Can Dogs Eat Cherries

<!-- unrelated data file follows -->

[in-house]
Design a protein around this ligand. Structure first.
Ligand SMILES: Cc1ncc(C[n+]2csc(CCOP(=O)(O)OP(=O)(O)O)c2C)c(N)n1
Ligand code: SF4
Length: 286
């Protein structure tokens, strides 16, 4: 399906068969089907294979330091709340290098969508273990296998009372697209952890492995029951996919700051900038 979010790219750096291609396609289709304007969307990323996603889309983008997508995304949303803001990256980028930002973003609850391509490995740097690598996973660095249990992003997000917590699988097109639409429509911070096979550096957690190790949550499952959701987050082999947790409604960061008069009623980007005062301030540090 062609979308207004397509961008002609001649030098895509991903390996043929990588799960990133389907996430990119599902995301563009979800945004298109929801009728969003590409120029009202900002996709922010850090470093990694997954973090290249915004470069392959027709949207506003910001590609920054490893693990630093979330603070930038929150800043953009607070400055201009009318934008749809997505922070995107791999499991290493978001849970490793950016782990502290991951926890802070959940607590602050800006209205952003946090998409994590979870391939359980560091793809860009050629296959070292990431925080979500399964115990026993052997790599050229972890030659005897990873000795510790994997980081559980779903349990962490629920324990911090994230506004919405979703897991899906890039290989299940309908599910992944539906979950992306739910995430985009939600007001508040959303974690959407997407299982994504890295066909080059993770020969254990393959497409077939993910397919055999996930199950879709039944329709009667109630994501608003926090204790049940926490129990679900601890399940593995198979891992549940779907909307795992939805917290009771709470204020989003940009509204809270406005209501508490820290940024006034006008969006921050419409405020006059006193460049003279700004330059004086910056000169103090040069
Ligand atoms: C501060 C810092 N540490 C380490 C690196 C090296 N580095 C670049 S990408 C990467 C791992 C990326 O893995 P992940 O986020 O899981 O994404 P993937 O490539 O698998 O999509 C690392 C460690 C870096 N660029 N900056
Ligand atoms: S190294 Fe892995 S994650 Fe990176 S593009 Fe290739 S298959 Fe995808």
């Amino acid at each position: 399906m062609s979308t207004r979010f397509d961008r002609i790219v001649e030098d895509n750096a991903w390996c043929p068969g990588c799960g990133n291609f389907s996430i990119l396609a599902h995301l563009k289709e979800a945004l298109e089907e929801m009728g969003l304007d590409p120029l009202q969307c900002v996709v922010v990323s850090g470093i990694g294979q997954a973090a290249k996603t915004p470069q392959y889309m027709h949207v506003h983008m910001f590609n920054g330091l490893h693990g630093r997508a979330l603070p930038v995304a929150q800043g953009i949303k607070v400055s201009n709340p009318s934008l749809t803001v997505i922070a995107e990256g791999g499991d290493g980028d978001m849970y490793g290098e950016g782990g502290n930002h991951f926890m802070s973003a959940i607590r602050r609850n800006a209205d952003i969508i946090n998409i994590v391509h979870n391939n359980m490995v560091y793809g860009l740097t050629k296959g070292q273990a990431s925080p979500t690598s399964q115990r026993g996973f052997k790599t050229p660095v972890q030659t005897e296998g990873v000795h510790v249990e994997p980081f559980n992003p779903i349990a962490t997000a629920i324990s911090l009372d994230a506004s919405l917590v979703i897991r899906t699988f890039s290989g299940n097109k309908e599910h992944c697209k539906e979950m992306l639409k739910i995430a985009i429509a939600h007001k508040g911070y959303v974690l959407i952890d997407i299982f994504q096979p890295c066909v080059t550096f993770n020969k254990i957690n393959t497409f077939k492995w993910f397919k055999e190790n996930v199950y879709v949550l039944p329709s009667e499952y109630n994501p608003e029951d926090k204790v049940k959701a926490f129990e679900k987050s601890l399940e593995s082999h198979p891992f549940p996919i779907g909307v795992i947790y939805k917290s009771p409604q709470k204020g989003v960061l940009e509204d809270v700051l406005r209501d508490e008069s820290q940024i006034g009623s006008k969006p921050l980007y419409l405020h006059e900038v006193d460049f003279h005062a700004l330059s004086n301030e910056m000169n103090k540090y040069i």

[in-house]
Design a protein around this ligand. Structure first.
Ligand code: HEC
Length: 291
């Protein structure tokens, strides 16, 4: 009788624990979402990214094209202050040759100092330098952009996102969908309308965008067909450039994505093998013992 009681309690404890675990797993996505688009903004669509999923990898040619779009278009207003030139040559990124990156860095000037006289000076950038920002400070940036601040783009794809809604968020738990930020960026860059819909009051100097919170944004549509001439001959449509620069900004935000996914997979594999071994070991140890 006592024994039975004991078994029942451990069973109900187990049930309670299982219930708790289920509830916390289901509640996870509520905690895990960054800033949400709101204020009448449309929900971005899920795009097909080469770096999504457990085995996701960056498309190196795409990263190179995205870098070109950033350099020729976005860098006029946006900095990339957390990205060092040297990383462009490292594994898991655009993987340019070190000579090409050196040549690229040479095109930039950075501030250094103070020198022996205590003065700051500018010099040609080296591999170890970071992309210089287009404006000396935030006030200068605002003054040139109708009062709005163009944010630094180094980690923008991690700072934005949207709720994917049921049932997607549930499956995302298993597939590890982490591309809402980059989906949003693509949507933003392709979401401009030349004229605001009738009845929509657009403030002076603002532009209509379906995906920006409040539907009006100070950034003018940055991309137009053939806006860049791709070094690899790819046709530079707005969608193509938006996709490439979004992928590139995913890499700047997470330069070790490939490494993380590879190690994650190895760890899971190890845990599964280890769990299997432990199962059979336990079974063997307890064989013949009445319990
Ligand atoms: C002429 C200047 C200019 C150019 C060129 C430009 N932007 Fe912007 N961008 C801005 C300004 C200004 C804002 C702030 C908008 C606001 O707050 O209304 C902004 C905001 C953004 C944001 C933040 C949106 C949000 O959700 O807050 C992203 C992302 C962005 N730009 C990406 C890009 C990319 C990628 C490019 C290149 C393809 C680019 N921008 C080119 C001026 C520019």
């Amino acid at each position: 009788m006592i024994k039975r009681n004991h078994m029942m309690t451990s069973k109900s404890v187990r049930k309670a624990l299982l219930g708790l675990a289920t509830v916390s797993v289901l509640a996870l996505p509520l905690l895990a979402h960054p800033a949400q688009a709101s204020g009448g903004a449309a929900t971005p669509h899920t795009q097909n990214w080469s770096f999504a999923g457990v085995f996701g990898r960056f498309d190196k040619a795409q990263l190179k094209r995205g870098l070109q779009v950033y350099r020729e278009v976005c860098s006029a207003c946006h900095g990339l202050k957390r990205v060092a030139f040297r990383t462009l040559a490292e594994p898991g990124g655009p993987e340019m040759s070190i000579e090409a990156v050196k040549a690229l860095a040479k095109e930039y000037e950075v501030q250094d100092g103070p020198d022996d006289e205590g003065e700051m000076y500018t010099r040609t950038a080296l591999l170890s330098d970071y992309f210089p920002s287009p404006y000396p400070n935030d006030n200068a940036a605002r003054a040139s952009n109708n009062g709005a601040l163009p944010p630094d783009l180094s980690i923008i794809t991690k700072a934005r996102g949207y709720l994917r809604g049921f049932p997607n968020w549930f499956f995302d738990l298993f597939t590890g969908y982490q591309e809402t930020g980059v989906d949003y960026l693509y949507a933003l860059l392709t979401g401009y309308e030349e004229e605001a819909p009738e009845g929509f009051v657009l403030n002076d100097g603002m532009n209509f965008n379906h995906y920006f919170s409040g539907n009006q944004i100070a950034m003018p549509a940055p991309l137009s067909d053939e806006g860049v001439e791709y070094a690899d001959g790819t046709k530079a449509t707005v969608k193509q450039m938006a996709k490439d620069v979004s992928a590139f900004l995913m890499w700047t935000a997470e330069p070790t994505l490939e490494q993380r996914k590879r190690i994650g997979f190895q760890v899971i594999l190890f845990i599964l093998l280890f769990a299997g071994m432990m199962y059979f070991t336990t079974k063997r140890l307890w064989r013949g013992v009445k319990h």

Dogs have long been fascinated by human food and have been known to devour stuff they aren’t permitted to. When it comes to whether or not our dogs can eat fruits, it’s a hit-or-miss proposition. While some foods are acceptable for our dogs to eat, others can cause everything from stomach irritation to death. Fruits are typically thought of as a healthful snack by humans, but dog owners are well aware that some fruits, such as grapes, are harmful to dogs. There are various safe foods that your little Doggo can safely eat, but then comes the other group of fruits that can harm them more than anything else. Foods like pineapples and bananas are perfectly safe from our furry friend, when administered and provided in moderation, but What about Cherries, though? We all love the sweet taste of those yummy cherries, and can even eat the entire pack at once due to their light weight. As dog parents, most of us have a habit of sharing whatever we are eating with our little furry friend. But can dogs eat cherries? Hopefully, you are here after looking at that sad little puppy face that there are making while you gulp on those cherries. You suddenly wonder, should I let my doggo eat a cherry or two and suddenly find you on the internet looking for possible side effects. If that is the case, read on to find everything you must know about serving cherries to your dog. Can Dogs Eat Cherries? Cherries are a delightful summer treat that are high in vitamins A and C, fiber, antioxidants, and melatonin. Are these tasty, nutritious fruits, however, safe to share with our pets? Is it Possible for Dogs to Eat Cherries The quick answer is no, but the situation is a bit more complicated than it seems. Here we will explain why this summer fruit is bad for dogs. While many summer fruits are healthful, pleasant, and safe to eat with our four-legged companions. Cherries do contain some beneficial elements but can do more harm than good in dogs. A cherry’s flesh is safe for dogs to consume. Cherries are high in vitamins A and C, as well as fiber and antioxidants, all of which are beneficial to dogs. Unfortunately, the cherry flesh has the potential to upset your stomach. What is Worse is that cyanide is present in the cherry pit, stem, and leaves. If taken in big enough numbers, this is hazardous to dogs. Cyanide is harmful to both pets and people, and it can be fatal if taken in high amounts. While dogs can eat raw cherries in limited amounts, they must be well-prepared to ensure that all pits, stems, and leaves are removed. Although cyanide poisoning is seldom caused by a single cherry pit and stem, there’s no reason to take the chance. In addition, ingesting the pits can cause a blockage in the intestine. The dangers of eating pitted cherries: The cherry pits are another factor to consider. Cherry pits are indigestible, which means they won’t break down in your dog’s stomach. Cherry pits can cause a clog in your dog’s intestines if consumed whole. This is particularly common in small dogs or when multiple pits are consumed. However, if your dog swallows anything entirely, you should seek medical guidance from your veterinarian. Regardless of their size or the amount eaten, you should keep a watchful eye on them for the following symptoms: Acting lethargic or unwell are signs to look out for. Experiencing diarrhea or constipation Constraint in passing stools. Dry heaving and retching A loss of appetite or a lack of desire to eat. Are There Any Cherries That Are Safe for Dogs? Bing, Rainier, black, and maraschino cherry are among the many varieties of cherries available. Even though maraschino cherries do not have a pit, they are high in sugar, which is bad for dogs. “Offering your dog canned fruits is generally not a smart idea because they typically contain added sugars or preservatives,” explains Purina Senior Nutritionist Jan Dempsey. Sugar in excess can cause diabetes, obesity, digestive problems, and even cavities. A fresh cherry might be fed to your dog, but you’d have to remove the pit, stem, and any leaves first. That’s a lot of labor. Especially since your dog won’t consume enough of this fruit to reap any benefits. What about Cherries, Whether Fresh, Processed, or Maraschino? Your dog is not poisoned by the flesh or meat of the cherry. Too much of the fruit, on the other hand, can produce stomach pains or diarrhea. Avoid Cherries if your dog is overweight or diabetic because of high levels of sugar in them. In order for your dog to benefit from the nutritional benefits of cherries, he would have to ingest a lot of them. Maraschino/ Glacé cherries: The dangerous stones have been removed from these cherries, but the fruits have been preserved with a lot of sugar. They’re in drinks and sweets (the icing on the cake!). Dogs should avoid these cherries since added sugar makes them sick or gives them stomach aches. Too much sugar in your dog’s diet can lead to poor oral health and put him at risk for diabetes and obesity. Dried, processed, or syrup-laden cherries: Have too many additives, added sugars, tastes, or colors to be safe for your dog. Puppies are more prone to stomach distress and cyanide poisoning than adults, so no cherries for your pet! Your dog should not consume canned or dried cherries that have been preserved in syrup for the same reason because they may contain harmful chemicals and sugar. Risks of Cherry Consumption The first risk is a high sugar level. Many dogs prefer sweet flavors, and your dog may enjoy cherries as well, but at 18 grams of sugar per cup of whole cherries (about 1 gram of sugar each cherry), fresh stem-free pit-free cherries are a special occasion treat. Toxins in the seeds and stems are risk number two. Dogs may eat cherry fruit without the stems or seeds. However, the stems and seeds have a modest quantity of Cyanogenic glycoside toxins (cyanide, essentially). Toxins must be released and the seeds and stems must be chewed in order for them to become harmful to a dog. It’s possible that the stems and seeds will pass through the digestive tract whole, in which case the dog will not be harmed. But are you willing to take a chance? Intestinal obstruction is the third risk. If cherry pits and stems pass through a dog’s digestive system whole, they can cause a blockage. Rotten fruit can make your dog inebriated. You might be in for a surprise if your dog gets loose in a cherry orchard, or if you have as many trees in your backyard as my Seattle coworker. Your dog can get an alcohol buzz if he eats rotting, fermenting fruit off the ground. As amusing as it may appear, alcohol is harmful to dogs! Tooth damage is a risk number five. Ouch! Cherry pits are quite difficult to remove. If your dog eats cherry pits, she might injure her teeth and cause herself a lot of discomforts. Benefits of Cherries for Dogs (There’s just one of them.) Cherries are high in vitamin A and dietary fiber and are quite healthy. Unfortunately, because cherries are heavy in sugar, a dog should only eat a few at a time, so they won’t reap the nutritional benefits of a full meal. What Should You Do If Your Dog Eats an Entire Cherry bag? Accidents happen, so it’s understandable if your dog eats an entire cherry (or more). Fortunately, a couple of cherries, pit and all are unlikely to hurt him. What you need to watch out for: He may experience a modest reaction, such as stomach pains and diarrhea. Constipation, a loss of appetite, and vomiting are all symptoms of this condition. A little dog is more likely to have an intestinal blockage from a single cherry pit, but large dogs should also be watched. If your dog ate a handful or more of cherries, however, you should watch for indicators of cyanide poisoning in your dog. The more cherries your dog eats, the greater the risk of poisoning. Symptoms of canine cyanide poisoning include: Breathing problems Gums that are bright crimson Mucous membranes that are brick red Pupils that are dilated Dogs can go into shock in severe circumstances. Hyperventilation or panting abnormal heart rate Seizures or convulsions Collapse Another hazard with cherry consumption is the risk of intestinal blockage or obstruction. Ingesting the pits, stems, or leaves can cause turmoil in your dog’s digestive tract, as well as injure or tear the esophageal lining. After eating cherries, keep an eye out for signs of digestive discomfort for the next 24 hours. They include: Vomiting Appetite loss Diarrhea Lethargy Vomiting Gagging Refusal to eat are all signs of esophageal injury. There’s a lot of room for stumbling blocks. If your dog consumes whole cherries, he or she risks choking, which can be fatal. A gastrointestinal obstruction caused by the pit can prevent food from flowing through their digestive system. It’s also possible that this is life-threatening and will necessitate surgery. Vomiting, constipation, decreased appetite, and decreased fecal output are all signs of an intestinal obstruction. If your dog has eaten some cherries, keep an eye out for these signs. They can take up to 24 hours to manifest after being consumed. If you notice anything, contact your veterinarian right away. Can Dogs be Killed by Cherries? Giving your dog a few pitted, raw cherries is unlikely to hurt them. Overfeeding cherries may result in illness and gastrointestinal distress. Can cherries, on the other hand, kill dogs? Unfortunately, yes. It’s a long shot, but it’s not impossible. This is due to a little quantity of amygdalin in cherry pits, which is released when the stone is eaten or crushed. When Amygdalin is digested, it becomes deadly cyanide. There are residues of amygdalin or cyanide in all parts of the cherry plant, including the stem and leaves. The fruit’s meat is the sole part of a cherry that does not contain any and is safe to eat. Cyanide is deadly to dogs and people, and eating a lot of cherries with their seeds, stems, or leaves can be fatal to you or your dog. The chemicals inside the seeds must be released by breaking or chewing the seeds. Furthermore, the amount of cyanide in a cherry pit is relatively little, and your dog would have to consume a lot of them to get a deadly dose. So if your dog manages to eat one whole cherry, they should be alright (contact a vet if you’re doubtful). Keep in mind that cyanide toxicity varies depending on the size of your dog. The lesser your dog’s tolerance, the smaller he is. This means that a small dog can be poisoned with a smaller quantity of cyanide. Smaller dogs who consume entire cherries are more likely to develop gastrointestinal obstructions as a result of the stones.